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Estimation of nitrate concentrations in groundwater using a whole farm nitrogen budget

, : Estimation of nitrate concentrations in groundwater using a whole farm nitrogen budget. Journal of Environmental Quality 22(4): 767-775

Contamination of groundwater under agricultural land by NO-3 is influenced by the kind of farming system. One possible method of selecting farming systems that result in less NO-3 leaching is to calculate whole farm N budgets, that are simplified by assuming soil-N remains constant from one cycle of a rotation to the next. This method was applied to two model crop rotations using average crop yield data for two regions of Ontario, and to a cash-crop farm and a dairy farm using information on purchases, sales, and crop yields, for these farms. The model rotations were corn (Zea mays L.)-soybean (Glycine max (L.) Merr.)-wheat (Triticum aestivum L.) and corn-soybean-wheat-hay (mixture of timothy, Phleum pratense L. and alfalfa, Medicago sativa L.)-hay-hay. Atmospheric deposition (18.4 kg N ha-1 yr) was obtained by literature review. Symbiotic N-2 fixation by legume crops with different yields was estimated from regression equations. A net surplus in the N balance was converted to maximum mean NO-3-N concentration in groundwater by assuming a groundwater recharge rate of 160 mm yr-1, and no denitrification. Predicted NO-3-N concentrations in leachate for the model corn-soybean-wheat rotation were greater for southwestern Ontario (22.4 mg L-1) than western Ontario (8.5 mg L-), probably because more N fertilizer was recommended in the southwest. Including hay in the model rotation increased the amount of N leached by a factor of two in western Ontario, but only by 9% in the southwest. Predicted NO-3-N concentration in groundwater for the cash crop farm was 6.7 mg L-1, compared with an average measured value of 9.5 mg L-1 in the tile drainage water. For the dairy farm the predicted value was 58 mg L-1, and a measured value was not available. The simplified N balance method provided useful estimates of potential NO-3 leaching losses even though it relied on some major assumptions. A major uncertainty was atmospheric deposition of ammonia volatilized from on-farm sources. Denitrification could be as much as 62 kg N ha-1 yr-1 under continuous production of grain corn, based on differences between N present after harvest and amount of N leached.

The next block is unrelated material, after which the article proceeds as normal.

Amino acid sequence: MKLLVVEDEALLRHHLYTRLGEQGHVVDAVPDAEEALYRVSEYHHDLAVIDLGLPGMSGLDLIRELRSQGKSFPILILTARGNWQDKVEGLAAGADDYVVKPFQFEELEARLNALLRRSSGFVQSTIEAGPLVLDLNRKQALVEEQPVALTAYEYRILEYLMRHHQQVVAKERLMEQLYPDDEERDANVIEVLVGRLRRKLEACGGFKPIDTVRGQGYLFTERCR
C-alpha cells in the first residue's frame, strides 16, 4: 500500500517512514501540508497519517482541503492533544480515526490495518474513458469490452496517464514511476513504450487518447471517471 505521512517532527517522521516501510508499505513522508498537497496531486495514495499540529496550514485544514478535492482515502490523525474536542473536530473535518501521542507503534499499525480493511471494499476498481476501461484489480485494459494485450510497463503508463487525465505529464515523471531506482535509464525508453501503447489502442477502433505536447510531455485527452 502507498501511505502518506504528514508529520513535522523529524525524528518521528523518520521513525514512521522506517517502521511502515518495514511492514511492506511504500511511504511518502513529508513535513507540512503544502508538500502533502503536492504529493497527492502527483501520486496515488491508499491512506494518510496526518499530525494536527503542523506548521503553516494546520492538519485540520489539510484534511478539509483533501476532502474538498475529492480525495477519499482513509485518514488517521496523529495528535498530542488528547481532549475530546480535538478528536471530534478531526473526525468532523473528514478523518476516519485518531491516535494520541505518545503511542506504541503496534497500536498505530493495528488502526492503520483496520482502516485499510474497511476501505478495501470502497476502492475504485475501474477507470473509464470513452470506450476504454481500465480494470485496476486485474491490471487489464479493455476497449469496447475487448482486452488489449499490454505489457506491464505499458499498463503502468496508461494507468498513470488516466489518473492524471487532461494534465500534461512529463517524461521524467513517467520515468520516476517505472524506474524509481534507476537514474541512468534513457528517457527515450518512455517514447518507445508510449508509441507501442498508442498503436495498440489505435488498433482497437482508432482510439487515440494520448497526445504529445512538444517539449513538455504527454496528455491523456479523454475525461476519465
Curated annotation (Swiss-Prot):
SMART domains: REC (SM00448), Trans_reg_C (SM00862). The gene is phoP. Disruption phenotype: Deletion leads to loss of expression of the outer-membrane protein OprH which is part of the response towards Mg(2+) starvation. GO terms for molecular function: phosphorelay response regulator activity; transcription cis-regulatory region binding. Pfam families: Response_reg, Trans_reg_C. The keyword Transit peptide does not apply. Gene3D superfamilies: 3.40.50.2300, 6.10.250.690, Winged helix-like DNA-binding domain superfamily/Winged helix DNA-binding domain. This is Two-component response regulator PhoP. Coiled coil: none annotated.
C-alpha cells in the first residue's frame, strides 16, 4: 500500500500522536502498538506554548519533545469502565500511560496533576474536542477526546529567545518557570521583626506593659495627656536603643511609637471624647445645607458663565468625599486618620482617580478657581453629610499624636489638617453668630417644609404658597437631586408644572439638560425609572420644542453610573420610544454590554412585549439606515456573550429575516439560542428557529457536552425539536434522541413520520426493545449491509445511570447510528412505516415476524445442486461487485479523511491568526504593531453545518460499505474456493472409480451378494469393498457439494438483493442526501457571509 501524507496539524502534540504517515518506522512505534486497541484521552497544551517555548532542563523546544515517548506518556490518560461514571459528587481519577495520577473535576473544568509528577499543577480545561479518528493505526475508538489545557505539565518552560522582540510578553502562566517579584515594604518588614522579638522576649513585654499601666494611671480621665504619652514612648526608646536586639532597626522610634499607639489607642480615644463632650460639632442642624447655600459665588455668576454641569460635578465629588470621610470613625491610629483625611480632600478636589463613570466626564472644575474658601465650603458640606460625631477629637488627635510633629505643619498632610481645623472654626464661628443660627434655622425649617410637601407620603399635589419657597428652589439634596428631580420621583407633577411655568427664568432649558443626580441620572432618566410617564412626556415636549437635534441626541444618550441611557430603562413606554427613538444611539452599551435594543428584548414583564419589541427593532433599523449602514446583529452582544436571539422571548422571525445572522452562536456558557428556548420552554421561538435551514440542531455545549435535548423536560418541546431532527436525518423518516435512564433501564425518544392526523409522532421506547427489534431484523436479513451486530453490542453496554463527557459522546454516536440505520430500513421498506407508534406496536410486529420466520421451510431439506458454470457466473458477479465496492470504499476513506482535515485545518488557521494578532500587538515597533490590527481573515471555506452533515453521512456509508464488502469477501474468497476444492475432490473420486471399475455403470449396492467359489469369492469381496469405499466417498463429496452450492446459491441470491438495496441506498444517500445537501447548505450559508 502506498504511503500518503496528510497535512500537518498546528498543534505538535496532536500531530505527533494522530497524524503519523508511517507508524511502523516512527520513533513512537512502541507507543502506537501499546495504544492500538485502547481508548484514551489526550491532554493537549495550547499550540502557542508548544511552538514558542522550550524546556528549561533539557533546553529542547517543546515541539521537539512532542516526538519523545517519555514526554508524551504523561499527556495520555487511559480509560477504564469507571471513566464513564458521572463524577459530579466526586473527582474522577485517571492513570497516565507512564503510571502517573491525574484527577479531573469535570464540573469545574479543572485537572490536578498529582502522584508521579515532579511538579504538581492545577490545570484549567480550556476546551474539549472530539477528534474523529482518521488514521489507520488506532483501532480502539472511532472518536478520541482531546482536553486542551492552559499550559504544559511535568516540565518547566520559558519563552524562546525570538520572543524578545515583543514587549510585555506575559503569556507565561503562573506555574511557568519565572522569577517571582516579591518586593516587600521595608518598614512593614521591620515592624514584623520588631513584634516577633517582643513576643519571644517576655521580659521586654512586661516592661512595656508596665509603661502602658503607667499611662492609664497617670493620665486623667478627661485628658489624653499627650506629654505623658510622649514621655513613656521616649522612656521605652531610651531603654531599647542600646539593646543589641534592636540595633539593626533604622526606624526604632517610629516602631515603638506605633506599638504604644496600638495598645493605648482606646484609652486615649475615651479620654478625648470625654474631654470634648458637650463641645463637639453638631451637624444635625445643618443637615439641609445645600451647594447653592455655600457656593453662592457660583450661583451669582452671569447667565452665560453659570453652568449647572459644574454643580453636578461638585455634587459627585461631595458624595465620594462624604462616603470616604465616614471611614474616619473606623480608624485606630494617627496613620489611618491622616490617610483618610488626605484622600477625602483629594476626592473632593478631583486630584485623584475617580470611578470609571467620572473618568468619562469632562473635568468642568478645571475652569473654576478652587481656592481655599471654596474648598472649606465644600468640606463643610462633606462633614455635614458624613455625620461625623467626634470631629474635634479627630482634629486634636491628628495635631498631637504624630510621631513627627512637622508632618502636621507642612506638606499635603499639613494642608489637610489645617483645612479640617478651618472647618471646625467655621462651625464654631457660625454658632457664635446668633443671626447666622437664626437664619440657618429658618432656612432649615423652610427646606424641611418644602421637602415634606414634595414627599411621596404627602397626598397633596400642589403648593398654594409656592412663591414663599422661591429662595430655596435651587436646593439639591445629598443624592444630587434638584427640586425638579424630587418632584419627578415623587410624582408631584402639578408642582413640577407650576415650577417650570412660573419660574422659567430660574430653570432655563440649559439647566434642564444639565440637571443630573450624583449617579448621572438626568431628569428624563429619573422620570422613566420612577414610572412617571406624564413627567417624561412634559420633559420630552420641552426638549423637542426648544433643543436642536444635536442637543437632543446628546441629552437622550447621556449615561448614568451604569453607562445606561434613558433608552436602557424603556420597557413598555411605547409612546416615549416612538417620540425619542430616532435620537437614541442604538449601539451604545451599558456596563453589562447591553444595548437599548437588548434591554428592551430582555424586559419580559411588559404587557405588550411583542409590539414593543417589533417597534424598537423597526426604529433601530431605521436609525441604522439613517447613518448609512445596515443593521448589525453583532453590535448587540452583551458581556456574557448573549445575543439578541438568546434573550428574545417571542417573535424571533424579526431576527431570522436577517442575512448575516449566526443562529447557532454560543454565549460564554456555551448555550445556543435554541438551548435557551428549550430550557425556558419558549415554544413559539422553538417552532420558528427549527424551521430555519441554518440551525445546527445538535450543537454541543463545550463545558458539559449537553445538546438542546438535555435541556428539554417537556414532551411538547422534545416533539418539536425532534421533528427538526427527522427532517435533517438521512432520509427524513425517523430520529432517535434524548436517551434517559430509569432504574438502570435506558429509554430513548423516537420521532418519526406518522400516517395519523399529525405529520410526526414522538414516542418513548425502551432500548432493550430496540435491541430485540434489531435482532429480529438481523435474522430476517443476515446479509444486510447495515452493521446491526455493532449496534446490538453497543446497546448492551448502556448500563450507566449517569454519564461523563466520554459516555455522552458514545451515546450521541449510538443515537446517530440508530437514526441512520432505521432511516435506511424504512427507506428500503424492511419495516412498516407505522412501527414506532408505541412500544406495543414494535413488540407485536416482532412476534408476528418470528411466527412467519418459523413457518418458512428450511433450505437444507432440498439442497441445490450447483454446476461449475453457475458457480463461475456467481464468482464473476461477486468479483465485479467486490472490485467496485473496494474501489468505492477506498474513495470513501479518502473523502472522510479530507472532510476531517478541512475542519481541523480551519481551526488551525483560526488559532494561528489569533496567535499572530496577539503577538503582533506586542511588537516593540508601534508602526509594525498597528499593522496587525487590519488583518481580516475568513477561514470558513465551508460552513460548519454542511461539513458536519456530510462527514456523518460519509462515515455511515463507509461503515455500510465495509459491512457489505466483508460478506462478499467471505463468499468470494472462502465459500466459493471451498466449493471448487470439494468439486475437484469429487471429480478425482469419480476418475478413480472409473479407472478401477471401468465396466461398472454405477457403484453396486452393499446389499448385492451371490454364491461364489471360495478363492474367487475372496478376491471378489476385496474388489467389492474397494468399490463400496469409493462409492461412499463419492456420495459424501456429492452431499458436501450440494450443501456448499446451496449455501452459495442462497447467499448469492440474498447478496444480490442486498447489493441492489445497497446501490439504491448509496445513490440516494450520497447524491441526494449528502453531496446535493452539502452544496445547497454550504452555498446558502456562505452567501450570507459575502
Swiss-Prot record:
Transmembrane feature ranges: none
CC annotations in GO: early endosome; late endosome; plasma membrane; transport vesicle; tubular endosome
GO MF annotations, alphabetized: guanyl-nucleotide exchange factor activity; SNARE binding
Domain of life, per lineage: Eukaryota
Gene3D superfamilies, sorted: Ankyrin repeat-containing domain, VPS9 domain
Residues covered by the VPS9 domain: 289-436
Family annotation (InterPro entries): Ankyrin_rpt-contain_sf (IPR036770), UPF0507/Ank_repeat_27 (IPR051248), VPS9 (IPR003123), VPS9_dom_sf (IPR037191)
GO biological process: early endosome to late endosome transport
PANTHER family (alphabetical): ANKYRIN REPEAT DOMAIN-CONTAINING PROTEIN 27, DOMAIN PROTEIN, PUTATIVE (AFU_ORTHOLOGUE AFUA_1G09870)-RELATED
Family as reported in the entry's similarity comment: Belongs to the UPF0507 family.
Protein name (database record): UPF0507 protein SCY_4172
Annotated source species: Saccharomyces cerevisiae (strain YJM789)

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Related references

Barry, D.A.J.; Goorahoo, D.; Goss, M.J., 1993: Estimation of nitrate concentration in groundwater using a whole farm nitrogen budget. Journal of Environmental Quality 22: 7-75

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